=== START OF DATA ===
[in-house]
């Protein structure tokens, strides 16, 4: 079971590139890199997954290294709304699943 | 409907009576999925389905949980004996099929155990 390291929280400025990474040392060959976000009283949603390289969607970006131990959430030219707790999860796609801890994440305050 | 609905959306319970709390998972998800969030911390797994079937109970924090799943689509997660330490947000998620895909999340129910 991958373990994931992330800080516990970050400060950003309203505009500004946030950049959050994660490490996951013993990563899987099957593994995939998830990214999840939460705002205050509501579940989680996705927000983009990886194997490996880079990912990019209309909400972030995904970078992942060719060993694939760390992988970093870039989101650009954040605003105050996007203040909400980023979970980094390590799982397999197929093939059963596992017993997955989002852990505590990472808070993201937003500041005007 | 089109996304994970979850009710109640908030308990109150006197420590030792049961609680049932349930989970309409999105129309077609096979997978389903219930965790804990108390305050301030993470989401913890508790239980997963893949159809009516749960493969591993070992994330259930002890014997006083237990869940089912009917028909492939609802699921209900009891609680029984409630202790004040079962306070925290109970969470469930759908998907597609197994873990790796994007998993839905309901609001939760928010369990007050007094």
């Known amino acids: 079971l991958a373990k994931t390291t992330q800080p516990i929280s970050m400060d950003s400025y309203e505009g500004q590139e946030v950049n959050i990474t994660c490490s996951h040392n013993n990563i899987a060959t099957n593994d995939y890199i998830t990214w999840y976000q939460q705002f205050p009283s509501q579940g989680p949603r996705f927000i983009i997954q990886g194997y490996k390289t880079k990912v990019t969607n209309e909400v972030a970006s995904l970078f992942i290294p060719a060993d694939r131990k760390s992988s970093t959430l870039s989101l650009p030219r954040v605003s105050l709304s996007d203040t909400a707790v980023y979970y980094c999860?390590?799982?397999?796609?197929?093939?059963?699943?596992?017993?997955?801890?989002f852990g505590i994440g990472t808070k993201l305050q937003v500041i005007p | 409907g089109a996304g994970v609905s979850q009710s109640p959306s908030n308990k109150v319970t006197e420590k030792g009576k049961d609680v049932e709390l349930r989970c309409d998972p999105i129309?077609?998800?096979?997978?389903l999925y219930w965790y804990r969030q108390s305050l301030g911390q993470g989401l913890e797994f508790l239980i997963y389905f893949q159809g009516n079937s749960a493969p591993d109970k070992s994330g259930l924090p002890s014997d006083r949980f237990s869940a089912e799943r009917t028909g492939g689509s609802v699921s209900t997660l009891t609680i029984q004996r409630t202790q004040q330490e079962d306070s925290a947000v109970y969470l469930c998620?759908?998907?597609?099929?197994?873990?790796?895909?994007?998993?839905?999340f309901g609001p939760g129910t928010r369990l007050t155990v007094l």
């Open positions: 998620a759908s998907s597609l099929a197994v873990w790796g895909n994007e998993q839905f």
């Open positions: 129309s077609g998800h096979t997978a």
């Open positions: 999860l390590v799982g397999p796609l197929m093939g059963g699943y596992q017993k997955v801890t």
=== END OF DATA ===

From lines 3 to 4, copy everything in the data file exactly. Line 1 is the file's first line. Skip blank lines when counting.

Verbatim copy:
């Known amino acids: 079971l991958a373990k994931t390291t992330q800080p516990i929280s970050m400060d950003s400025y309203e505009g500004q590139e946030v950049n959050i990474t994660c490490s996951h040392n013993n990563i899987a060959t099957n593994d995939y890199i998830t990214w999840y976000q939460q705002f205050p009283s509501q579940g989680p949603r996705f927000i983009i997954q990886g194997y490996k390289t880079k990912v990019t969607n209309e909400v972030a970006s995904l970078f992942i290294p060719a060993d694939r131990k760390s992988s970093t959430l870039s989101l650009p030219r954040v605003s105050l709304s996007d203040t909400a707790v980023y979970y980094c999860?390590?799982?397999?796609?197929?093939?059963?699943?596992?017993?997955?801890?989002f852990g505590i994440g990472t808070k993201l305050q937003v500041i005007p | 409907g089109a996304g994970v609905s979850q009710s109640p959306s908030n308990k109150v319970t006197e420590k030792g009576k049961d609680v049932e709390l349930r989970c309409d998972p999105i129309?077609?998800?096979?997978?389903l999925y219930w965790y804990r969030q108390s305050l301030g911390q993470g989401l913890e797994f508790l239980i997963y389905f893949q159809g009516n079937s749960a493969p591993d109970k070992s994330g259930l924090p002890s014997d006083r949980f237990s869940a089912e799943r009917t028909g492939g689509s609802v699921s209900t997660l009891t609680i029984q004996r409630t202790q004040q330490e079962d306070s925290a947000v109970y969470l469930c998620?759908?998907?597609?099929?197994?873990?790796?895909?994007?998993?839905?999340f309901g609001p939760g129910t928010r369990l007050t155990v007094l």
């Open positions: 998620a759908s998907s597609l099929a197994v873990w790796g895909n994007e998993q839905f």